The American Cancer Society (ACS), has released a report alerting the world of an explosion in cancer deaths among women, with a toll, mainly from breast cancer, of around 5.5 million a year by 2030.
The analysis which was released on Tuesday, at the World Cancer Congress in Paris, says this figure represented a near 60% increase in less than two decades.
Rated as the second highest cause of death after cardiovascular disease, cancer is already killing one in seven women around the world, the report says.
Breast and lung cancer are the two most common types in both rich and poor nations, with colorectal cancer the number three killer in developed countries and cervical cancer in less developed ones.
All four of the deadliest cancers – breast, colorectal, lung and cervical cancer – are mostly preventable or can be detected early, when treatment is more successful.
According to the report, as the global population grows and ages, the highest toll will be among women in poor and middle-income countries, and much of it from cancers which are largely preventable.
In poorer countries, a much smaller proportion of cancer cases are diagnosed and treated than in rich ones, while a much bigger group dies. The relative burden is growing for developing countries as people live longer due to better basic healthcare.
Women in these countries are also increasingly exposed to known cancer risk factors “associated with rapid economic transition” such as physical inactivity, unhealthy diet, obesity, and reproductive factors, including postponing motherhood.
Another report published in the Lancet medical journal on Wednesday, said the number of women diagnosed with breast cancer alone could almost double to 3.2 million a year by 2030 from 1.7 million in 2015.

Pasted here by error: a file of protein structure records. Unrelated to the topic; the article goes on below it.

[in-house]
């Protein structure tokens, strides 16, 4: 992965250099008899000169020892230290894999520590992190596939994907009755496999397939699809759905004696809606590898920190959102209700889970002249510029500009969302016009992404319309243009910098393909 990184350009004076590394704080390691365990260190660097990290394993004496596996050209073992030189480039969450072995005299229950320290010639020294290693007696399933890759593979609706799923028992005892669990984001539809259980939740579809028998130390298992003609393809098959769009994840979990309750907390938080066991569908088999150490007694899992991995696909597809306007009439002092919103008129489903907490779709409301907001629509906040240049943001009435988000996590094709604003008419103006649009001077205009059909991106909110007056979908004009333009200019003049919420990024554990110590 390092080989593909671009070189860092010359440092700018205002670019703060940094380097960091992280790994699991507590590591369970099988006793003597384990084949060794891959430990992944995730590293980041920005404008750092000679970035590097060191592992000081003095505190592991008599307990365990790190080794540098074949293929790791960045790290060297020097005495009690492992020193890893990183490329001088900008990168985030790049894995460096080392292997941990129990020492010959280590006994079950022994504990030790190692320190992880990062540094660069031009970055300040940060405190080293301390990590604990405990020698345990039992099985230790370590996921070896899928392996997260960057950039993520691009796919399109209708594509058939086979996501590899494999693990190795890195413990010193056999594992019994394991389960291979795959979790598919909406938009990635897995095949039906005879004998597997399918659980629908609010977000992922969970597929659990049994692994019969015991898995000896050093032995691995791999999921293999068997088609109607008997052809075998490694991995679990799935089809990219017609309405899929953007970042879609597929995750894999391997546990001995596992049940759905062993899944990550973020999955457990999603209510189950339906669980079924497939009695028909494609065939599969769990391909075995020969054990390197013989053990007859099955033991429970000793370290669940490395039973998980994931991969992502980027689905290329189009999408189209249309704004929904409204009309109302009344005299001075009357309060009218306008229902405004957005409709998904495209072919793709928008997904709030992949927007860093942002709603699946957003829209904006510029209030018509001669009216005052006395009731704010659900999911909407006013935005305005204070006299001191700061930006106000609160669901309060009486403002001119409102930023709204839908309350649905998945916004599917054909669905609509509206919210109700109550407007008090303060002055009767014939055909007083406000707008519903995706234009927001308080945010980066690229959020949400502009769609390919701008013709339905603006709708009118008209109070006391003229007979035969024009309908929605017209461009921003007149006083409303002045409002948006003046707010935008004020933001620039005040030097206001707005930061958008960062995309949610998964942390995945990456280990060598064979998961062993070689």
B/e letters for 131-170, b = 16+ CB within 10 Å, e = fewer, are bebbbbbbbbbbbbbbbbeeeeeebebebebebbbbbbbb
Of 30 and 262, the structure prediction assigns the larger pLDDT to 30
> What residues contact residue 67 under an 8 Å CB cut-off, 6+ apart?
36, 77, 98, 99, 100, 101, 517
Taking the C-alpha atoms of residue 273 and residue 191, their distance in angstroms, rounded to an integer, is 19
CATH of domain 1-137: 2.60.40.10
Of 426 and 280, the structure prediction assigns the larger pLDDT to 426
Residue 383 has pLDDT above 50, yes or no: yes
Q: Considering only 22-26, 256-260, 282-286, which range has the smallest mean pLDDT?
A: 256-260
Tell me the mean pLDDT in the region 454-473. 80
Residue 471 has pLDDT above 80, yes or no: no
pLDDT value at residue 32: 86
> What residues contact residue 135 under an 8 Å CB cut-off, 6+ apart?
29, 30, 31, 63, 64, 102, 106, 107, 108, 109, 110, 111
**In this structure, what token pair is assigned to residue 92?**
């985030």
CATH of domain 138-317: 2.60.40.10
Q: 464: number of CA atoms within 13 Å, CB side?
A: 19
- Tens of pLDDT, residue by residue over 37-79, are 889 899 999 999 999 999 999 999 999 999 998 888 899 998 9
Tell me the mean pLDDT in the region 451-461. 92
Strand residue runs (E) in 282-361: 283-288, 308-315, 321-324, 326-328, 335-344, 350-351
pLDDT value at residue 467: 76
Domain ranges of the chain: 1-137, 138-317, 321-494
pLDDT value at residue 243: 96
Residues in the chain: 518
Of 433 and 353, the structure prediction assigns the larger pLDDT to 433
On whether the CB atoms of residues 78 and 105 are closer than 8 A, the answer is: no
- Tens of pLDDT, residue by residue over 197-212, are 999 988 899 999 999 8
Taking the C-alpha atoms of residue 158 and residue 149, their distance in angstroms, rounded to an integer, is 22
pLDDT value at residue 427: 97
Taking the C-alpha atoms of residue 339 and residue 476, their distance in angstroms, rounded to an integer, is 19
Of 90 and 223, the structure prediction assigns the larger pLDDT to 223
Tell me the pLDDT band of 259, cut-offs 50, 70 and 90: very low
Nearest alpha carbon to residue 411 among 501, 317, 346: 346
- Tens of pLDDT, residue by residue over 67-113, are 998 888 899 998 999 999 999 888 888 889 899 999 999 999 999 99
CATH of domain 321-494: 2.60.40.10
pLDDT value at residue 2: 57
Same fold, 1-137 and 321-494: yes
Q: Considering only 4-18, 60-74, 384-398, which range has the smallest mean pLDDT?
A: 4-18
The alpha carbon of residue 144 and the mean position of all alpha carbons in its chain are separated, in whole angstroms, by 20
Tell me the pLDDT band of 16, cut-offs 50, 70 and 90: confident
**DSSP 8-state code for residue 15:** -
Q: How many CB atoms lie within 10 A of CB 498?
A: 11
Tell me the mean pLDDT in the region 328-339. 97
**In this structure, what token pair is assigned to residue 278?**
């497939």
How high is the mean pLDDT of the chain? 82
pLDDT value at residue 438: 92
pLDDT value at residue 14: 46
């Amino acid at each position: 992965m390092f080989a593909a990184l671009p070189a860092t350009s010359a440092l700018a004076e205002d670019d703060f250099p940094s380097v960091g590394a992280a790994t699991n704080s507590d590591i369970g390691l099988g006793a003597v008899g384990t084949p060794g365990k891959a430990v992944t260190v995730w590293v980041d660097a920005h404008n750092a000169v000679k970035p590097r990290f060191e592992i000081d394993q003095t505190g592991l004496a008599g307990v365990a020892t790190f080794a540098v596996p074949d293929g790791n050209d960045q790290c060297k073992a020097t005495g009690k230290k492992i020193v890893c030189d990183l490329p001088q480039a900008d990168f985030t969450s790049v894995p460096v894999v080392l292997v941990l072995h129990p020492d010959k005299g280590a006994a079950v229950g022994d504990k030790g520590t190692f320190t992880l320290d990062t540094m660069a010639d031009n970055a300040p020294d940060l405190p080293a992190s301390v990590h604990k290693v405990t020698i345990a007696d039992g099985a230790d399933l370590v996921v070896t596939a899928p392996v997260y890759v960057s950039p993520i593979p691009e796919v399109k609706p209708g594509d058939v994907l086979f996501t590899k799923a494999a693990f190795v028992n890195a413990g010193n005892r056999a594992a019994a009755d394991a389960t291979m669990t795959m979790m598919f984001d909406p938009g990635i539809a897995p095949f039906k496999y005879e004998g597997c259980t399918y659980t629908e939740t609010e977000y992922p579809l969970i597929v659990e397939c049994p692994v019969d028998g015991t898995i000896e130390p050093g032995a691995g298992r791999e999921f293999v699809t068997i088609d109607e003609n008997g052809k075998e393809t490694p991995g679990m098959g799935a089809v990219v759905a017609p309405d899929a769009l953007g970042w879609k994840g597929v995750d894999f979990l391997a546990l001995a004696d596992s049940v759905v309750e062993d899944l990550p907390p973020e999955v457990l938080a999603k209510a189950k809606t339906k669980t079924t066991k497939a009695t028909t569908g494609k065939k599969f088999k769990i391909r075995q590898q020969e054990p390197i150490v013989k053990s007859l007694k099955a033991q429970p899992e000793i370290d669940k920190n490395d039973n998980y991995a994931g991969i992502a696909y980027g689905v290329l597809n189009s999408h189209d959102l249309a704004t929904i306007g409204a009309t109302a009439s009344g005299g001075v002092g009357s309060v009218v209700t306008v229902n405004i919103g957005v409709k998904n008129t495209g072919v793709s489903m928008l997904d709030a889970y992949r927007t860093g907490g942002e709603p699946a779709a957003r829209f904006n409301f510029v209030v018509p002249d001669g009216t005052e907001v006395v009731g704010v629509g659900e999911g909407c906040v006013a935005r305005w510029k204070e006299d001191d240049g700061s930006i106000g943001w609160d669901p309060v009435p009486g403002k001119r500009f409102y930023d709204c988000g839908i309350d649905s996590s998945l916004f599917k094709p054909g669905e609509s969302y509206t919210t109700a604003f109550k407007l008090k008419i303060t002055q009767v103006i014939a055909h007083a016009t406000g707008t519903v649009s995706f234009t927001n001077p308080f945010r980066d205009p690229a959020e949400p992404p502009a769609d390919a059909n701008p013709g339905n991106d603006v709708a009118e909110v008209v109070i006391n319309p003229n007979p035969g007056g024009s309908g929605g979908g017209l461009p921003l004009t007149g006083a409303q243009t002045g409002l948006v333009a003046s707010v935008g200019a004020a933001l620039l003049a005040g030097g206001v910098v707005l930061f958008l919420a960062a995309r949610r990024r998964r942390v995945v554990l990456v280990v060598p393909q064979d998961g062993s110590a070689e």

It warns that he number of diagnoses for cervical cancer could “rise by at least 25% to over 700,000 by 2030”, mainly in low- and middle-income countries.
According to the International Agency for Research on Cancer, there were 6.7 million new cancer cases and 3.5 million cancer deaths among women worldwide in 2012. Of these, 56% of cases and 64% of deaths were in less developed countries.
The ACS report says these numbers are expected to increase to 9.9 million cases and 5.5 million cancer deaths among females annually by 2030 as a result of the growth and aging of the population.
The biggest concentration is in eastern Asia, with 1.7 million cases and a million deaths in 2012, mainly in China. The highest ratio of cancer cases per population group are still reported in high-income countries in Europe, the Americas and Asia, but this was partly due to better access to screening and detection.
Deaths, however, were proportionally much higher in low- and middle-income countries with reduced access to diagnosis and treatment. The countries with the highest death rate were Zimbabwe, Malawi, Kenya, Mongolia and Papua New Guinea.